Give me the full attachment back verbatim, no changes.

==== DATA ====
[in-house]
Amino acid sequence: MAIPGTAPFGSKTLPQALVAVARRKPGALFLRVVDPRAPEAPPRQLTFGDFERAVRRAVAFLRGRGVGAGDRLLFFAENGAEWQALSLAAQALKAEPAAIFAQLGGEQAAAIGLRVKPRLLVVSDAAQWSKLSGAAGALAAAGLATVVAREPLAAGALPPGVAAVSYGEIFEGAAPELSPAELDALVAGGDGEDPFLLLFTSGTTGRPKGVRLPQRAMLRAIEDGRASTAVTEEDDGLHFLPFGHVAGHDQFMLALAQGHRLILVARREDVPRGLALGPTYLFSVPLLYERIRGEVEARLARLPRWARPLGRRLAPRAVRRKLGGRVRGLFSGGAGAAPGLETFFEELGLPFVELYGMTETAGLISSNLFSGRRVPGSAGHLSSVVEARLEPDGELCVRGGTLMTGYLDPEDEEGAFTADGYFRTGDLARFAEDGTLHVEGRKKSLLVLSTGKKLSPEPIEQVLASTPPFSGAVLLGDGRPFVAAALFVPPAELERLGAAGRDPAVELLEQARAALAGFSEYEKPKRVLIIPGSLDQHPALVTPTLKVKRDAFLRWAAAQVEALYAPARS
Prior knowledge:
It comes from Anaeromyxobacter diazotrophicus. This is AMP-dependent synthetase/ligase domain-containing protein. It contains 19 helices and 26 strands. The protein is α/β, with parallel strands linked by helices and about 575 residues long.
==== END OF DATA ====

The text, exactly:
[in-house]
Amino acid sequence: MAIPGTAPFGSKTLPQALVAVARRKPGALFLRVVDPRAPEAPPRQLTFGDFERAVRRAVAFLRGRGVGAGDRLLFFAENGAEWQALSLAAQALKAEPAAIFAQLGGEQAAAIGLRVKPRLLVVSDAAQWSKLSGAAGALAAAGLATVVAREPLAAGALPPGVAAVSYGEIFEGAAPELSPAELDALVAGGDGEDPFLLLFTSGTTGRPKGVRLPQRAMLRAIEDGRASTAVTEEDDGLHFLPFGHVAGHDQFMLALAQGHRLILVARREDVPRGLALGPTYLFSVPLLYERIRGEVEARLARLPRWARPLGRRLAPRAVRRKLGGRVRGLFSGGAGAAPGLETFFEELGLPFVELYGMTETAGLISSNLFSGRRVPGSAGHLSSVVEARLEPDGELCVRGGTLMTGYLDPEDEEGAFTADGYFRTGDLARFAEDGTLHVEGRKKSLLVLSTGKKLSPEPIEQVLASTPPFSGAVLLGDGRPFVAAALFVPPAELERLGAAGRDPAVELLEQARAALAGFSEYEKPKRVLIIPGSLDQHPALVTPTLKVKRDAFLRWAAAQVEALYAPARS
Prior knowledge:
It comes from Anaeromyxobacter diazotrophicus. This is AMP-dependent synthetase/ligase domain-containing protein. It contains 19 helices and 26 strands. The protein is α/β, with parallel strands linked by helices and about 575 residues long.